If I Had Hosted ‘Your Turn’ on 100.3 The Sound

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With 100.3 The Sound shutting down operations soon, it looks like I won’t get a chance to host an edition of “Your Turn.” This is a program where “Sound Listeners” like you and me can act as DJ for an hour and play ten of our favorite songs. This is one of the many things I love about this station as it shows just how much they truly respect those who listen in on a daily basis. Since first learning about this particular program, I was very eager to be a part of it as I have some experience in being a radio DJ in the past while I was a student at UC Irvine. But with the station going off the air, its likely they have little time to accommodate those who have sent in their song lists to the station.

Whatever the case, I’m going to do the next best thing and provide you, my fellow readers, with the episode I would have done. So here it goes.

Hello people! My name is Ben Kenber, a Sound Listener from Los Angeles, California and also the writer and CEO of the website The Ultimate Rabbit which focuses on my love for movies as well as the challenges I face in training for the Los Angeles Marathon, a marathon I have participated in for seven years. The songs I am going to play have affected me deeply throughout my childhood and as an adult, and I look at them as a journey through the crazy terrain life gives all of us.

  1. “I Can’t Drive 55” by Sammy Hagar

The first song on my list needs no introduction in my opinion. You have all heard this classic before, and the best way for me to describe it is that it’s the song I just LOVE listening to whenever I am in a bumper-to-bumper traffic jam on the 405 freeway. Here it is!

  1. “Shock the Monkey” by Peter Gabriel

This song cast a spell on me when I first heard it on the radio back in the 1980’s. Then I saw the music video for it, and it was the scariest video I ever saw. Keep in mind, I was 7 years old at the time, and this was the worst time to watch a music video like this one. All these years later, I have since become a huge Peter Gabriel fan and have no problem watching this song’s music video as it is one of the few from this decade which really holds up. While my favorite song of Gabriel’s is “In Your Eyes,” one which The Sound has played on a regular basis, this one still holds a lot of meaning for me and still sends a chill up my spine whenever I listen to it. Here is Peter Gabriel with “Shock the Monkey.”

  1. “Find Your Way Back” by Jefferson Starship

I remember when my dad bought the album “Modern Times” by Jefferson Starship back when we were living in Marietta, Georgia, and the first song off of it remains one of my all-time favorites. I even got my dad to let me take this album to my kindergarten class at Wesleyan Day School, and my classmates were eager to rock out to this track every time I put the needle to this vinyl record. It’s a good thing we never got around to playing “Modern Times” in its entirety as the last song, “Stairway to Cleveland,” had a four-letter word parents were eager for their children not to learn about until they turned ten years old. I also have to say that the woman on the album’s cover became a significant part of many nightmares I experience at such a young age. Anyway, here is Jefferson Starship with “Find Your Way Back.”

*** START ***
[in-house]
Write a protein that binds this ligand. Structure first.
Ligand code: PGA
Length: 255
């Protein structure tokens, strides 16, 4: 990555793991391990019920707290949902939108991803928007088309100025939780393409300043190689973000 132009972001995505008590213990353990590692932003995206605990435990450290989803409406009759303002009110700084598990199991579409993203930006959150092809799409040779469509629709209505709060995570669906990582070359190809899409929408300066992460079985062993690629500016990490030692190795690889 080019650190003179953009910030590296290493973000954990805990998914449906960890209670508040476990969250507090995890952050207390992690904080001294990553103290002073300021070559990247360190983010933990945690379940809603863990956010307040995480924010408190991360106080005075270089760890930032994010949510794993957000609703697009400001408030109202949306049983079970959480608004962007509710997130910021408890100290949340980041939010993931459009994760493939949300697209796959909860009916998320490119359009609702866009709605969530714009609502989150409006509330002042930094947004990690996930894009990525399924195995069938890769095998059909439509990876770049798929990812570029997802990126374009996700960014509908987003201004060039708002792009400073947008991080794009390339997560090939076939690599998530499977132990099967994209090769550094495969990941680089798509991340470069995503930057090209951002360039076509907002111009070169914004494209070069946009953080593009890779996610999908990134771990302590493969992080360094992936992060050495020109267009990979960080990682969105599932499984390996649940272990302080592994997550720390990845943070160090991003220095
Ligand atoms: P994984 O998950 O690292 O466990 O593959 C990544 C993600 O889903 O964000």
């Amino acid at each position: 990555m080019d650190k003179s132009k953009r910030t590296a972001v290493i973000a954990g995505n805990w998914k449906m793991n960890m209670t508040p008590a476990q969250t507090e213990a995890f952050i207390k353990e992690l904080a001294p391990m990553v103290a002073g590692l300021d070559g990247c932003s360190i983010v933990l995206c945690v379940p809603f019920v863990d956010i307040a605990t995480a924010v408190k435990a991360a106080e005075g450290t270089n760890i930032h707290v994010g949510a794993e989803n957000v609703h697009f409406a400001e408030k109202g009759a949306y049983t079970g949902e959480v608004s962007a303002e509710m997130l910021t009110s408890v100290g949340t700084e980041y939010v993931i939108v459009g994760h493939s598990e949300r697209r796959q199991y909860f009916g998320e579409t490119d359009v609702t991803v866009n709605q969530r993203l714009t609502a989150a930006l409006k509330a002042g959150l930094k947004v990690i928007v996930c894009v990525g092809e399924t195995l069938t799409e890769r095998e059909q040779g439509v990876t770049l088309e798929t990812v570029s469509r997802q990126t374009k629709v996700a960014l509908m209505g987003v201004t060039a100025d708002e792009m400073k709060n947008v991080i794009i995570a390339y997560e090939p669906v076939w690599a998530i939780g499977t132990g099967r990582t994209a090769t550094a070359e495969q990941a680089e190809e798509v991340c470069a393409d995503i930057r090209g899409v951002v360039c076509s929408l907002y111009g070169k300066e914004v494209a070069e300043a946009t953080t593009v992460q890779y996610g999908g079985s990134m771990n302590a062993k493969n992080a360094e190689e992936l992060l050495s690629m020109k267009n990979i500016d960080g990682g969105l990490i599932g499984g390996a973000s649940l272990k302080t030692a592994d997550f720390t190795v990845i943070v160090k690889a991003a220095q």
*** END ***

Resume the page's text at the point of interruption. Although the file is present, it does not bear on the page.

1. “Bad Reputation” by Joan Jett & the Blackhearts

I have been a fan of Joan Jett & the Blackhearts ever since I first heard their cover of “Crimson and Clover” on the radio back when I lived in Marietta, Georgia. But I am choosing to play this song because I love its defiant attitude, and it’s the kind of attitude I wish I had during my high school years because I was way too concerned about what others thought of me. Plus, it was also the theme song to one of my favorite television shows, “Freaks & Geeks,” and like many brilliant TV shows, it only lasted one season. Anyway, here’s “Bad Reputation.”

  1. “Can I Sit Next to You Girl” by AC/DC

I have been a die-hard fan of AC/DC ever since I bought their album “Who Made Who,” and 100.3 The Sound has played their music non-stop. This makes selecting a song by them especially challenging as “Dirty Deeds Done Dirt Cheap,” “Back in Black,” “Big Balls,” and “Thunderstruck” are always being played on this station. This song from their album “High Voltage” has always been one of my favorites, and I would like to give it a spin here. With the late Bon Scott on vocals, here is “Can I Sit Next to You Girl.”

  1. “Black Dog” by Led Zeppelin

I have to include a song by Led Zeppelin here. I became a devoted fan of their music after my dad bought their untitled album, commonly known as “Led Zeppelin IV,” on compact disc. This particular song by them kept playing in my head while I was on vacation with my family in Hawaii. While looking at the tall cliffs, I couldn’t help but think of this song, and I still can’t get sick of listening to it. Here’s Led Zeppelin with “Black Dog,” because this station has played “Kashmir” way too often.

  1. “State Trooper” by Bruce Springsteen

If you had asked me what my favorite Bruce Springsteen album was years ago, I would have said “Born in the U.S.A.” These days, I would pick “Nebraska” which seems simplistic in its production to his other albums, but is still a very powerful listen as its lyrics are intensely personal. As much as I wanted to select “Atlantic City,” I had to pick this song as it has haunted me ever since I first listened to it while on vacation with my parents in Maine. Here is “State Trooper.”

  1. “Shadows of the Night” by Pat Benatar